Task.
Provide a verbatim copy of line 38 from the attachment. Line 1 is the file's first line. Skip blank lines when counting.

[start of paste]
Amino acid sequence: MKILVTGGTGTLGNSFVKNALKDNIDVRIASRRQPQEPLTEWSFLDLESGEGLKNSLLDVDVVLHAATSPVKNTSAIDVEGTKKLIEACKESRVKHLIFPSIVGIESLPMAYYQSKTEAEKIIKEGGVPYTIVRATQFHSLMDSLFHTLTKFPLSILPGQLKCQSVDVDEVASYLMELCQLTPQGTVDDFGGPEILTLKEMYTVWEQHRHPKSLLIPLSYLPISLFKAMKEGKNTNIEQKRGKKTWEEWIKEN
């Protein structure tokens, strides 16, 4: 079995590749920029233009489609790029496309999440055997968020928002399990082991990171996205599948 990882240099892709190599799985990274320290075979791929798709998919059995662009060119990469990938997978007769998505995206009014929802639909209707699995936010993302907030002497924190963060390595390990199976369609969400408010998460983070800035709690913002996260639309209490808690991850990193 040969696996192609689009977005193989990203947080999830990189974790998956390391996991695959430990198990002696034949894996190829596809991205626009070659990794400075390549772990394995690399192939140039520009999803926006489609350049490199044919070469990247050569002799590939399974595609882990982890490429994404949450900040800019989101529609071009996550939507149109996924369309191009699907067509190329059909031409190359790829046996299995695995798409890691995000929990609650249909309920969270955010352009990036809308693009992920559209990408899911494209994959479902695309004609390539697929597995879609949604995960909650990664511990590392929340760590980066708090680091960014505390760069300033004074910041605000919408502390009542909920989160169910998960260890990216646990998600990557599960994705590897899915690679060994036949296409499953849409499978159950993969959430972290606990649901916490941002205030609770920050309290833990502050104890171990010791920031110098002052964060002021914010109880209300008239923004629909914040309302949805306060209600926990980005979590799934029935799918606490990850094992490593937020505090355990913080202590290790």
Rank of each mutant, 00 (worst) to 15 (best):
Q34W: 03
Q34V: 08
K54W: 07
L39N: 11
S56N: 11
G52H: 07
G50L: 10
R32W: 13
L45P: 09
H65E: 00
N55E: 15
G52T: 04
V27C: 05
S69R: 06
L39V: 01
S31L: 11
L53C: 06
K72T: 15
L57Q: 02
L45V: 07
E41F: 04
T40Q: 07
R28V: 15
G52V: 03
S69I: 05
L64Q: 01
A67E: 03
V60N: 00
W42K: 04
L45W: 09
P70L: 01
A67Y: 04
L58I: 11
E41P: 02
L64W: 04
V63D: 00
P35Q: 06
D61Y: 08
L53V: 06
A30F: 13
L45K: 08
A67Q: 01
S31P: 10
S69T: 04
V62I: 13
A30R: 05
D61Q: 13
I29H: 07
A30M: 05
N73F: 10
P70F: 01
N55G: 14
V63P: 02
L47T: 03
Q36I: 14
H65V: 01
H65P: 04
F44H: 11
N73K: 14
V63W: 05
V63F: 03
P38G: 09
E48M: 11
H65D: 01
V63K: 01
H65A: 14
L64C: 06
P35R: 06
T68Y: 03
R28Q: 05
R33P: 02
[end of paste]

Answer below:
L64W: 04